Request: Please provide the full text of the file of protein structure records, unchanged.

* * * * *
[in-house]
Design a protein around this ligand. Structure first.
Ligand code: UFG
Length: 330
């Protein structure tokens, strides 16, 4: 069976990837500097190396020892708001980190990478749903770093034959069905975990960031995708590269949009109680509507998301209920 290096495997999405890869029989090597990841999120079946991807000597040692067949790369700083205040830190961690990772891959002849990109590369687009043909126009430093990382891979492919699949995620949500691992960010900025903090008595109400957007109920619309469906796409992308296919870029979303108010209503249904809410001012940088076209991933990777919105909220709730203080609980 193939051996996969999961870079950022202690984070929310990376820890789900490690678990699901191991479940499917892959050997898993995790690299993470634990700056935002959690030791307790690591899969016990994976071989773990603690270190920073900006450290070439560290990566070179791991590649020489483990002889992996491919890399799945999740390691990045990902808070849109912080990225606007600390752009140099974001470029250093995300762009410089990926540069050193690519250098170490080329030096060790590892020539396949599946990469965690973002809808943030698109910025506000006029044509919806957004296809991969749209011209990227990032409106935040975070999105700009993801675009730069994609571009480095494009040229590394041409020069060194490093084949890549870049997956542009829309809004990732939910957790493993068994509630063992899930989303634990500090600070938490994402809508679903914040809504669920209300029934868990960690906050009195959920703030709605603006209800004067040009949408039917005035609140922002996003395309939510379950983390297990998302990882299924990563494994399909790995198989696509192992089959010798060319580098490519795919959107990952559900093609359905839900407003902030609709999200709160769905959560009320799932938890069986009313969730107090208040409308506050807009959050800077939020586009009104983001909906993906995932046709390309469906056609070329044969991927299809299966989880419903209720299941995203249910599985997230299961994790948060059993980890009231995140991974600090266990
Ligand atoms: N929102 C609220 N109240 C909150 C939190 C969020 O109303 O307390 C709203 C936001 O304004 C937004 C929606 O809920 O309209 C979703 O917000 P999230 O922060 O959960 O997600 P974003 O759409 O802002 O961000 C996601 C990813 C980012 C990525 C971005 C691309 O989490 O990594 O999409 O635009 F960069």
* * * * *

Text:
[in-house]
Design a protein around this ligand. Structure first.
Ligand code: UFG
Length: 330
């Protein structure tokens, strides 16, 4: 069976990837500097190396020892708001980190990478749903770093034959069905975990960031995708590269949009109680509507998301209920 290096495997999405890869029989090597990841999120079946991807000597040692067949790369700083205040830190961690990772891959002849990109590369687009043909126009430093990382891979492919699949995620949500691992960010900025903090008595109400957007109920619309469906796409992308296919870029979303108010209503249904809410001012940088076209991933990777919105909220709730203080609980 193939051996996969999961870079950022202690984070929310990376820890789900490690678990699901191991479940499917892959050997898993995790690299993470634990700056935002959690030791307790690591899969016990994976071989773990603690270190920073900006450290070439560290990566070179791991590649020489483990002889992996491919890399799945999740390691990045990902808070849109912080990225606007600390752009140099974001470029250093995300762009410089990926540069050193690519250098170490080329030096060790590892020539396949599946990469965690973002809808943030698109910025506000006029044509919806957004296809991969749209011209990227990032409106935040975070999105700009993801675009730069994609571009480095494009040229590394041409020069060194490093084949890549870049997956542009829309809004990732939910957790493993068994509630063992899930989303634990500090600070938490994402809508679903914040809504669920209300029934868990960690906050009195959920703030709605603006209800004067040009949408039917005035609140922002996003395309939510379950983390297990998302990882299924990563494994399909790995198989696509192992089959010798060319580098490519795919959107990952559900093609359905839900407003902030609709999200709160769905959560009320799932938890069986009313969730107090208040409308506050807009959050800077939020586009009104983001909906993906995932046709390309469906056609070329044969991927299809299966989880419903209720299941995203249910599985997230299961994790948060059993980890009231995140991974600090266990
Ligand atoms: N929102 C609220 N109240 C909150 C939190 C969020 O109303 O307390 C709203 C936001 O304004 C937004 C929606 O809920 O309209 C979703 O917000 P999230 O922060 O959960 O997600 P974003 O759409 O802002 O961000 C996601 C990813 C980012 C990525 C971005 C691309 O989490 O990594 O999409 O635009 F960069």